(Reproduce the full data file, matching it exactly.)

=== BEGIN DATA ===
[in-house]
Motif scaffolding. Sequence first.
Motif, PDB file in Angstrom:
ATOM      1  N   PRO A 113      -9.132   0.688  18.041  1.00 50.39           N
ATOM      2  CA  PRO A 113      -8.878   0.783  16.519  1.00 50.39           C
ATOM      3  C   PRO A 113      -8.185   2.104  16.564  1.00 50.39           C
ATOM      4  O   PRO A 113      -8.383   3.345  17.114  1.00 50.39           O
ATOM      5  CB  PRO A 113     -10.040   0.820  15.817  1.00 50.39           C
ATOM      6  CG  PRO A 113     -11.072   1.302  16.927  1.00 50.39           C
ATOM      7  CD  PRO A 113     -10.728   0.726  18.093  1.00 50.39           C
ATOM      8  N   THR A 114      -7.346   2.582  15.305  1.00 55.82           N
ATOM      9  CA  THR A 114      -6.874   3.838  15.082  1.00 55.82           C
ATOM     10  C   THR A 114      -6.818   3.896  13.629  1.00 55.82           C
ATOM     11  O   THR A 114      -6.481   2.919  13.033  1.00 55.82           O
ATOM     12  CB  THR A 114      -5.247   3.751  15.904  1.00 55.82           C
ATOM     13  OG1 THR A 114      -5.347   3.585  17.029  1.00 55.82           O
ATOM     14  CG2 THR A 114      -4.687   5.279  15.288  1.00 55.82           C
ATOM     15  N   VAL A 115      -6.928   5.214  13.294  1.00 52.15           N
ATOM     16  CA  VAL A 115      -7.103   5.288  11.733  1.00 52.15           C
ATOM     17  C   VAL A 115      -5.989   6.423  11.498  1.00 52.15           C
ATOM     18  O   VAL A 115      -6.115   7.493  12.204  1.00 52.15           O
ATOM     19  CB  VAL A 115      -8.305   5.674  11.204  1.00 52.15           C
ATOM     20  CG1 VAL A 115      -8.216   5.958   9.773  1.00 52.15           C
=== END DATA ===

[in-house]
Motif scaffolding. Sequence first.
Motif, PDB file in Angstrom:
ATOM      1  N   PRO A 113      -9.132   0.688  18.041  1.00 50.39           N
ATOM      2  CA  PRO A 113      -8.878   0.783  16.519  1.00 50.39           C
ATOM      3  C   PRO A 113      -8.185   2.104  16.564  1.00 50.39           C
ATOM      4  O   PRO A 113      -8.383   3.345  17.114  1.00 50.39           O
ATOM      5  CB  PRO A 113     -10.040   0.820  15.817  1.00 50.39           C
ATOM      6  CG  PRO A 113     -11.072   1.302  16.927  1.00 50.39           C
ATOM      7  CD  PRO A 113     -10.728   0.726  18.093  1.00 50.39           C
ATOM      8  N   THR A 114      -7.346   2.582  15.305  1.00 55.82           N
ATOM      9  CA  THR A 114      -6.874   3.838  15.082  1.00 55.82           C
ATOM     10  C   THR A 114      -6.818   3.896  13.629  1.00 55.82           C
ATOM     11  O   THR A 114      -6.481   2.919  13.033  1.00 55.82           O
ATOM     12  CB  THR A 114      -5.247   3.751  15.904  1.00 55.82           C
ATOM     13  OG1 THR A 114      -5.347   3.585  17.029  1.00 55.82           O
ATOM     14  CG2 THR A 114      -4.687   5.279  15.288  1.00 55.82           C
ATOM     15  N   VAL A 115      -6.928   5.214  13.294  1.00 52.15           N
ATOM     16  CA  VAL A 115      -7.103   5.288  11.733  1.00 52.15           C
ATOM     17  C   VAL A 115      -5.989   6.423  11.498  1.00 52.15           C
ATOM     18  O   VAL A 115      -6.115   7.493  12.204  1.00 52.15           O
ATOM     19  CB  VAL A 115      -8.305   5.674  11.204  1.00 52.15           C
ATOM     20  CG1 VAL A 115      -8.216   5.958   9.773  1.00 52.15           C